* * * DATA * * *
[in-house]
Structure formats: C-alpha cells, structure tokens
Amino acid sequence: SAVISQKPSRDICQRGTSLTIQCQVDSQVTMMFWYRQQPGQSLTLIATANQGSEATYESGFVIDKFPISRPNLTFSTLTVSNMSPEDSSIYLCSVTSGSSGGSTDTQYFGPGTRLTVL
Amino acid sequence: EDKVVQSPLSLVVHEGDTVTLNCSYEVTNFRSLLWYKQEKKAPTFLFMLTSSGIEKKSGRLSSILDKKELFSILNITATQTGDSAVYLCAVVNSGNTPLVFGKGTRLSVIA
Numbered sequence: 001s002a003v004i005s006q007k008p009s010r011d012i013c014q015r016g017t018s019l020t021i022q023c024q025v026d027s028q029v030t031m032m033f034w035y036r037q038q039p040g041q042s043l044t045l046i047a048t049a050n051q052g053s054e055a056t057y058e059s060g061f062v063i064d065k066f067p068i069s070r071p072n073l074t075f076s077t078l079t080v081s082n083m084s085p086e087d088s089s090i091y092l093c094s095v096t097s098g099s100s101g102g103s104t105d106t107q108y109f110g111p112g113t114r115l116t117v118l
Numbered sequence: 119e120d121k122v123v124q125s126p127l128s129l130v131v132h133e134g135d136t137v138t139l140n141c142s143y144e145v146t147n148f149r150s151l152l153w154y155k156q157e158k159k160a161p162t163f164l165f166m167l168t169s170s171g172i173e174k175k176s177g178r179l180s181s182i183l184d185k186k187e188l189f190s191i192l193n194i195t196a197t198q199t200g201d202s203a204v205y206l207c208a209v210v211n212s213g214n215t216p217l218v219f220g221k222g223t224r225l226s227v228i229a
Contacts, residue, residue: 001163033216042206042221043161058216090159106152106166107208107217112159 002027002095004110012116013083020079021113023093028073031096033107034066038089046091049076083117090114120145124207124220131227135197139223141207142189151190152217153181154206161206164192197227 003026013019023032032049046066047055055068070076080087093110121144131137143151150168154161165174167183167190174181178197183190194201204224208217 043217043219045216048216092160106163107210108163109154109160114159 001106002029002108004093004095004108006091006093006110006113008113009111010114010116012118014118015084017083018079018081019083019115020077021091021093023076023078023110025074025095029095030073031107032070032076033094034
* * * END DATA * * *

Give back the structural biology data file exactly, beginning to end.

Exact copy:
[in-house]
Structure formats: C-alpha cells, structure tokens
Amino acid sequence: SAVISQKPSRDICQRGTSLTIQCQVDSQVTMMFWYRQQPGQSLTLIATANQGSEATYESGFVIDKFPISRPNLTFSTLTVSNMSPEDSSIYLCSVTSGSSGGSTDTQYFGPGTRLTVL
Amino acid sequence: EDKVVQSPLSLVVHEGDTVTLNCSYEVTNFRSLLWYKQEKKAPTFLFMLTSSGIEKKSGRLSSILDKKELFSILNITATQTGDSAVYLCAVVNSGNTPLVFGKGTRLSVIA
Numbered sequence: 001s002a003v004i005s006q007k008p009s010r011d012i013c014q015r016g017t018s019l020t021i022q023c024q025v026d027s028q029v030t031m032m033f034w035y036r037q038q039p040g041q042s043l044t045l046i047a048t049a050n051q052g053s054e055a056t057y058e059s060g061f062v063i064d065k066f067p068i069s070r071p072n073l074t075f076s077t078l079t080v081s082n083m084s085p086e087d088s089s090i091y092l093c094s095v096t097s098g099s100s101g102g103s104t105d106t107q108y109f110g111p112g113t114r115l116t117v118l
Numbered sequence: 119e120d121k122v123v124q125s126p127l128s129l130v131v132h133e134g135d136t137v138t139l140n141c142s143y144e145v146t147n148f149r150s151l152l153w154y155k156q157e158k159k160a161p162t163f164l165f166m167l168t169s170s171g172i173e174k175k176s177g178r179l180s181s182i183l184d185k186k187e188l189f190s191i192l193n194i195t196a197t198q199t200g201d202s203a204v205y206l207c208a209v210v211n212s213g214n215t216p217l218v219f220g221k222g223t224r225l226s227v228i229a
Contacts, residue, residue: 001163033216042206042221043161058216090159106152106166107208107217112159 002027002095004110012116013083020079021113023093028073031096033107034066038089046091049076083117090114120145124207124220131227135197139223141207142189151190152217153181154206161206164192197227 003026013019023032032049046066047055055068070076080087093110121144131137143151150168154161165174167183167190174181178197183190194201204224208217 043217043219045216048216092160106163107210108163109154109160114159 001106002029002108004093004095004108006091006093006110006113008113009111010114010116012118014118015084017083018079018081019083019115020077021091021093023076023078023110025074025095029095030073031107032070032076033094034